The Impact of Medicare Part D on Social Security Disability Insurance Beneficiaries
NBER Disability Research Center Paper No. NB 17-12
Issued in July 2017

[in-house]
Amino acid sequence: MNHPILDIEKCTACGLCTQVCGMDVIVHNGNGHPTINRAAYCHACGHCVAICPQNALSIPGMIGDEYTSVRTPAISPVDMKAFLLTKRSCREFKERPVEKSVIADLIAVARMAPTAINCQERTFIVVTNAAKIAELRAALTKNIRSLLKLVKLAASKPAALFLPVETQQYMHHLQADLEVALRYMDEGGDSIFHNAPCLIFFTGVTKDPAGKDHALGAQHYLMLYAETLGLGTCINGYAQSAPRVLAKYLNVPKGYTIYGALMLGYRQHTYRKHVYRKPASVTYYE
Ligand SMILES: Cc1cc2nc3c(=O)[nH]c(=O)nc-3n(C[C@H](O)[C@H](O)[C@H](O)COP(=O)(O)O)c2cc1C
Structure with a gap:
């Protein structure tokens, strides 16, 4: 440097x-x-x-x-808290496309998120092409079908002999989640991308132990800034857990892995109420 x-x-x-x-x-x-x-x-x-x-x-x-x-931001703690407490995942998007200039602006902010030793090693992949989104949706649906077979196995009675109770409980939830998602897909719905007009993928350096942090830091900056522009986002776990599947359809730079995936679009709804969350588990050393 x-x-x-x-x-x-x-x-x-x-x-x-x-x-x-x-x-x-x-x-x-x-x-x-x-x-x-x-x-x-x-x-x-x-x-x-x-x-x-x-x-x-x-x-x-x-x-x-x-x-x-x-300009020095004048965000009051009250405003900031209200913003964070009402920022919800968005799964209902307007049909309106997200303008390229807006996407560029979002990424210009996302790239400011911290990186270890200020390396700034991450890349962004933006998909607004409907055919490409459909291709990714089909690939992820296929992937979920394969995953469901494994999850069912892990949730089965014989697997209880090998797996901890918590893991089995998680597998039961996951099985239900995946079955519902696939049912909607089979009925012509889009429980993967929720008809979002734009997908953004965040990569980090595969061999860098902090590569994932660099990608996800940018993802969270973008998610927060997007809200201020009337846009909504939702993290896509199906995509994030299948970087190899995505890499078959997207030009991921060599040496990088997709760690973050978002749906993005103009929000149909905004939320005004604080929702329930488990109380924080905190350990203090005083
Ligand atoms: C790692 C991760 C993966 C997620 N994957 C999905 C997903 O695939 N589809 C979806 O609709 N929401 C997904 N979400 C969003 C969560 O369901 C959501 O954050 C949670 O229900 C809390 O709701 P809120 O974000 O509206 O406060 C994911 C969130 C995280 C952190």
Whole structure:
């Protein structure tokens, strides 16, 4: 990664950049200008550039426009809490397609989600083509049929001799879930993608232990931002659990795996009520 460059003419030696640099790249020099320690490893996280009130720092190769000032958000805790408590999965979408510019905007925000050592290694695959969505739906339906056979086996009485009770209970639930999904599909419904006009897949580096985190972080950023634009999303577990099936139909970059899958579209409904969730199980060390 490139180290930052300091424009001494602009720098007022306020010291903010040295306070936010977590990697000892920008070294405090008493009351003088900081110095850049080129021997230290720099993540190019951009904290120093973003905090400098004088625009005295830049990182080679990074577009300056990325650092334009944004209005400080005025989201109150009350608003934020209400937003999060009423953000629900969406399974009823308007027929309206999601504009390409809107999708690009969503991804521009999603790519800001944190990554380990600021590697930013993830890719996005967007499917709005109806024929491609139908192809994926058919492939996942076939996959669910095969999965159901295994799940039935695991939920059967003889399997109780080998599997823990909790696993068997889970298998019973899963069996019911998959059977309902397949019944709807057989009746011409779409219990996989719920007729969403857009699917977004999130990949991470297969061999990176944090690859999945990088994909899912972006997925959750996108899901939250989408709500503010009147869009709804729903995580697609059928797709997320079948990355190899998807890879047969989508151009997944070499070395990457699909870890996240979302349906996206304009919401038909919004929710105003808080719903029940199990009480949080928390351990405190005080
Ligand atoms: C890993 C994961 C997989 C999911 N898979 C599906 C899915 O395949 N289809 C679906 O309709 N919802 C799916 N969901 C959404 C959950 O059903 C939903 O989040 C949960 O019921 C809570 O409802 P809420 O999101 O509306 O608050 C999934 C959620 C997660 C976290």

The introduction of Medicare Part D in 2006 provided access to prescription drug coverage to all Medicare beneficiaries, including those under 65 who were eligible through the Social Security Disability Insurance (SSDI). We used data from the Medical Expenditure Panel Study (MEPS) from 2001-2009 to examine the impact of Part D coverage on prescription drug spending, drug utilization and health of SSDI beneficiaries. We also considered the effect on other healthcare utilization and self-reported health. Using a difference-in-differences design, we compared outcomes between SSDI beneficiaries and those with private insurance to estimate the net impact of the program and to over 65 Medicare beneficiaries to estimate the differential impact between aged and disabled beneficiaries. We found that Part D increased spending on prescription drugs by SSDI beneficiaries by $909.5 compared to the privately insured and by $524 compared to aged Medicare beneficiaries. However, there was no increase in the number of medication fills, suggesting potential substation to more expensive medications. The effects were similar between those with and without dual Medicaid eligibility. Out-of-pocket spending decreased significantly for SSDI beneficiaries, particularly for those without dual-eligibility. Healthcare utilization decreased and self-reported health improved. There was no indication that the pool of SSDI beneficiaries changed because of the availability of prescription drug coverage based on observable factors.
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